Cook delighted to weigh in

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Alastair Cook spoke to the press after his century in Durban

Alastair Cook marked his 50th Test with his 10th century but admitted to relief more than any other emotion at finally contributing a major score for England again.

Alastair Cook

Alastair Cook grinds his way to three figures, an innings he rates as "pretty much up there" in terms of importance

Cook had gone 11 Test innings with just one half-century, and it was at Chester-le-Street seven months ago that he last reached three figures.

That is history, though, after his 118 on day three of the second Test against South Africa at Kingsmead in a stumps total of 386 for five - which gives England a lead of 43, with power to add.

Cook, having shared a century stand with Paul Collingwood who contributed 91, said: “I’m just delighted. It was relief when I got to a hundred that probably best describes how I felt.

“It’s a little milestone to get your 10th as well, so I very much enjoyed that moment.”

Few had failed to notice Cook’s relative drought through last summer’s Ashes, and an apparent ongoing struggle since then as he has set about remodelling his technique.

“It’s not so much pressure,” he insisted. “It’s just the last few games the side has been playing really well and you feel like you’re being carried by your team-mates. So it’s nice to repay that.”

The level-headed opener was never likely to get his problems out of proportion, though.

“I’m close to a thousand runs this year, I’ve been told. So it’s obviously not been all doom and gloom,” he pointed out.

“When you don’t score runs in a few games, you do feel the pressure. It’s not so much a monkey off my back, just very satisfying that I’ve scored some runs.”

Cook acknowledges this hundred will rank as one of his most important, personally.

“It’s pretty much up there, and chanceless as well,” he said. “I’ve never been the prettiest batter to watch. But it’s how many runs you score.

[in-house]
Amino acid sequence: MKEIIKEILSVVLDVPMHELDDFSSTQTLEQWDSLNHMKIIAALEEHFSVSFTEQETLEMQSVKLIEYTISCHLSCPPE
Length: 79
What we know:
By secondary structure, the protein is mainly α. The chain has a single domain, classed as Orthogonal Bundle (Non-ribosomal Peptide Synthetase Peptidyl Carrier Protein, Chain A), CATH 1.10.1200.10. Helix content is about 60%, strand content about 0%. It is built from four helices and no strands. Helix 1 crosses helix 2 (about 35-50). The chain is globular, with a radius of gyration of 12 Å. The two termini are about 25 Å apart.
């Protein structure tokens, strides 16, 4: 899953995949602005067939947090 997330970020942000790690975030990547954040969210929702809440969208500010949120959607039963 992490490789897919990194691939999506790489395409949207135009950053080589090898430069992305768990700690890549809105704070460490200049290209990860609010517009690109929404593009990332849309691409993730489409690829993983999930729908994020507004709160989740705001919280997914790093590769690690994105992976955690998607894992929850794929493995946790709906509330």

“I only got one in the first hour, but it’s good to know you’ve got the patience to get through that - and then you’re rewarded for that later in the day.

Alastair Cook & Paul Collingwood

Cook and Paul Collingwood's partnership of 142, which came at more than three runs per over, has shunted England into the driving seat heading into the penultimate day at Kingsmead

“I was pleased with my discipline, that I didn’t have a whoosh at one and then it all ends in tears. I didn’t even flirt at one all morning, and that’s good for my confidence.”

Cook, who was 25 on Christmas Day, warns England are not yet in position to be too gung-ho heading into the fourth day as they try to establish a match-winning platform in a four-match series currently standing at 0-0.

“The South Africans bowled with a lot of discipline all day, but we’ve got ourselves into a good position,” he believes.

“We can’t get too far ahead of ourselves - after what happened (in the first Test) at Centurion when we thought we were cruising (to a draw) and then all those wickets fell.

“We need to get through that first hour again and then build as big a lead as we can. But we’ve got to be careful.”

South Africa coach Mickey Arthur was happy to congratulate both Cook and Ian Bell - who made a fluent 55 not out - having suggested before this match that the pressure was mounting on both batsmen.

“I thought they both played very well,” he said. “Bell came in a little short of runs but played very well - and they’ll get a lot of confidence from today.

“They didn’t give it away. It was good old-fashioned Test cricket, where I thought we ran in well - and England didn’t give us an inch.”

Ian Bell

Cook and Ian Bell's contributions received praise from Mickey Arthur given they both began the second Test in the spotlight

For Arthur, it was all a world away from the previous evening when he was disappointed with South Africa’s new-ball efforts and the way they allowed Andrew Strauss to get England off to a flier.

“I thought we were particularly poor to Strauss where we gifted him a lot of runs in areas he likes to score in,” he said of his attack. “But I can take nothing away from them today.”

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